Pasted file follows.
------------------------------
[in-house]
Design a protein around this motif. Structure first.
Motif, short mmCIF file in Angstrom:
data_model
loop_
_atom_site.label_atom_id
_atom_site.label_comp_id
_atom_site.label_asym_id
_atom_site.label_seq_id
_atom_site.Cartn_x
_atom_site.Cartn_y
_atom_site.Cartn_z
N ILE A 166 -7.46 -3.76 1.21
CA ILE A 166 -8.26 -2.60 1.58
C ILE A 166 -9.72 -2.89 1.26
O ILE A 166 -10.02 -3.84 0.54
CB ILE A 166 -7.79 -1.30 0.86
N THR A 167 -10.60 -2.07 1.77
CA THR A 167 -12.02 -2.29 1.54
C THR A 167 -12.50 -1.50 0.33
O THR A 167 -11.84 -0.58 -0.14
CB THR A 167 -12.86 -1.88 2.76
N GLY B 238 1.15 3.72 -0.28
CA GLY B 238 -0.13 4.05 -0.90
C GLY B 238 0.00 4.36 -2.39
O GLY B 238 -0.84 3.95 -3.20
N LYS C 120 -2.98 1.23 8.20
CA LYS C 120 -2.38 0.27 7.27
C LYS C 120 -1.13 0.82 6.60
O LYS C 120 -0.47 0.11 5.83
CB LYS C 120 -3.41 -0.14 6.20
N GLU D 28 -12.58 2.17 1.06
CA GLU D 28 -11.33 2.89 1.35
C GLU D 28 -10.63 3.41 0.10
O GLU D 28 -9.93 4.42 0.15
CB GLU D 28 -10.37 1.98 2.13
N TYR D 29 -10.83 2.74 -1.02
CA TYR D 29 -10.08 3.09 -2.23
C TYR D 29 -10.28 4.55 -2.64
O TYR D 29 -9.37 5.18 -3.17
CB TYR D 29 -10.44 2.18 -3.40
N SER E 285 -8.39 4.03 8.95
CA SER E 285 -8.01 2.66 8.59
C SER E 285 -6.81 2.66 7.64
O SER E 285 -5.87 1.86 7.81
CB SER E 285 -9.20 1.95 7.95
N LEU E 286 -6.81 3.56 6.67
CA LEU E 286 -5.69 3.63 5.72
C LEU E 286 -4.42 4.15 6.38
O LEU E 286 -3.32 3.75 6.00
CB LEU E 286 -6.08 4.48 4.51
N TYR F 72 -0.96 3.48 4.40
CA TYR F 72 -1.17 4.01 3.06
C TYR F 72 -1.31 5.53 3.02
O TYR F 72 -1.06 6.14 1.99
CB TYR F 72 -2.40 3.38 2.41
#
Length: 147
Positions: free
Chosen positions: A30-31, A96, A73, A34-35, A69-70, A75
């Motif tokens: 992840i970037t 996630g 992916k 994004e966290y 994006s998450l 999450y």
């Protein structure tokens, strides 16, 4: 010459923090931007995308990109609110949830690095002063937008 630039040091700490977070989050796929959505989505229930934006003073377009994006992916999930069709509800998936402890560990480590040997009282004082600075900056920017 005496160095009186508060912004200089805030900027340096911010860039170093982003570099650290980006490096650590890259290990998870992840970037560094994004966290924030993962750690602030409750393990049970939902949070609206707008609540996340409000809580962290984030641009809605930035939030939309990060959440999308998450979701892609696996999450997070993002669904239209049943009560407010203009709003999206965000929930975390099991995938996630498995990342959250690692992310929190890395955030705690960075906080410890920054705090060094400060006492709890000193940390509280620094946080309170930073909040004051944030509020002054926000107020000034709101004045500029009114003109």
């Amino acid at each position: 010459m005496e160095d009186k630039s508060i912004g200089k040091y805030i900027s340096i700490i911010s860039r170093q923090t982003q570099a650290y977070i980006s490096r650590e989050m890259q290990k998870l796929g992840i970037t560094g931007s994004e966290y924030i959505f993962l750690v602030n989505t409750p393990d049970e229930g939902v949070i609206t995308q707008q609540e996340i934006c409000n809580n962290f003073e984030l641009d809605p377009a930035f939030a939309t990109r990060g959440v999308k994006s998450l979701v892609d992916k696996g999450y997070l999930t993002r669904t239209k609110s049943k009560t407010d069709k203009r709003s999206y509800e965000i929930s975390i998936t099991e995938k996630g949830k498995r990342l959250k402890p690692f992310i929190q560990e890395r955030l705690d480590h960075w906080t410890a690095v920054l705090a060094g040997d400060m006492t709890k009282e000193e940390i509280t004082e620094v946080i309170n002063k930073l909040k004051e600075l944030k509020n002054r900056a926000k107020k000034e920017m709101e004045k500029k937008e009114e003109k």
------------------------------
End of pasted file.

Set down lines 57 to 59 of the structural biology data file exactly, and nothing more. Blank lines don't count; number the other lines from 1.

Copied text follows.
#
Length: 147
Positions: free